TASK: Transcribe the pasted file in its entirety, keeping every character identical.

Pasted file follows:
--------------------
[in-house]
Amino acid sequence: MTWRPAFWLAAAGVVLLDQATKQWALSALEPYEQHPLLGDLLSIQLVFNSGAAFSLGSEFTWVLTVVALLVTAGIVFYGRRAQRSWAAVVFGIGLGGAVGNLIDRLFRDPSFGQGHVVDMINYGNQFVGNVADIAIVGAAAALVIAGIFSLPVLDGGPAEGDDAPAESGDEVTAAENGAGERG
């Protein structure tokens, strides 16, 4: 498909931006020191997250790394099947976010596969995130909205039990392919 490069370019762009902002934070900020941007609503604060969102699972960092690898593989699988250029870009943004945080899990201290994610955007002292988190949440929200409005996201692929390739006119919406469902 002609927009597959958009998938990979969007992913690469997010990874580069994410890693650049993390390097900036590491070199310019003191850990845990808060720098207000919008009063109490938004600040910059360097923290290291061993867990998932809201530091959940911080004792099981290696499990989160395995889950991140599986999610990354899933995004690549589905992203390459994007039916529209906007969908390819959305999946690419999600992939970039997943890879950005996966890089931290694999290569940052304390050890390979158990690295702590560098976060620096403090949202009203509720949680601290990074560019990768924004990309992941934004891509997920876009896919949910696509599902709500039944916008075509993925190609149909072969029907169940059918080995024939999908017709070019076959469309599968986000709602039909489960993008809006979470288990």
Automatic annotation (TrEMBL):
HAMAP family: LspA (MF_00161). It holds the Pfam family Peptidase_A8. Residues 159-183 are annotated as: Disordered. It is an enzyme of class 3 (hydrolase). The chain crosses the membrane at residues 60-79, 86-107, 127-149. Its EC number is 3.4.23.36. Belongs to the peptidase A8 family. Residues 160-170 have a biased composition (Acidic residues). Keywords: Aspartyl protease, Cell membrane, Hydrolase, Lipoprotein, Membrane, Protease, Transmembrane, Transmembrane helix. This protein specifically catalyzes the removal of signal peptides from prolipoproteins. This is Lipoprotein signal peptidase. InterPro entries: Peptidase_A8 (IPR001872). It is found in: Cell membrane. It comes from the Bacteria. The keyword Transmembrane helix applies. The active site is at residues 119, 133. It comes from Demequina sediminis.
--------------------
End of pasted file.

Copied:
[in-house]
Amino acid sequence: MTWRPAFWLAAAGVVLLDQATKQWALSALEPYEQHPLLGDLLSIQLVFNSGAAFSLGSEFTWVLTVVALLVTAGIVFYGRRAQRSWAAVVFGIGLGGAVGNLIDRLFRDPSFGQGHVVDMINYGNQFVGNVADIAIVGAAAALVIAGIFSLPVLDGGPAEGDDAPAESGDEVTAAENGAGERG
């Protein structure tokens, strides 16, 4: 498909931006020191997250790394099947976010596969995130909205039990392919 490069370019762009902002934070900020941007609503604060969102699972960092690898593989699988250029870009943004945080899990201290994610955007002292988190949440929200409005996201692929390739006119919406469902 002609927009597959958009998938990979969007992913690469997010990874580069994410890693650049993390390097900036590491070199310019003191850990845990808060720098207000919008009063109490938004600040910059360097923290290291061993867990998932809201530091959940911080004792099981290696499990989160395995889950991140599986999610990354899933995004690549589905992203390459994007039916529209906007969908390819959305999946690419999600992939970039997943890879950005996966890089931290694999290569940052304390050890390979158990690295702590560098976060620096403090949202009203509720949680601290990074560019990768924004990309992941934004891509997920876009896919949910696509599902709500039944916008075509993925190609149909072969029907169940059918080995024939999908017709070019076959469309599968986000709602039909489960993008809006979470288990």
Automatic annotation (TrEMBL):
HAMAP family: LspA (MF_00161). It holds the Pfam family Peptidase_A8. Residues 159-183 are annotated as: Disordered. It is an enzyme of class 3 (hydrolase). The chain crosses the membrane at residues 60-79, 86-107, 127-149. Its EC number is 3.4.23.36. Belongs to the peptidase A8 family. Residues 160-170 have a biased composition (Acidic residues). Keywords: Aspartyl protease, Cell membrane, Hydrolase, Lipoprotein, Membrane, Protease, Transmembrane, Transmembrane helix. This protein specifically catalyzes the removal of signal peptides from prolipoproteins. This is Lipoprotein signal peptidase. InterPro entries: Peptidase_A8 (IPR001872). It is found in: Cell membrane. It comes from the Bacteria. The keyword Transmembrane helix applies. The active site is at residues 119, 133. It comes from Demequina sediminis.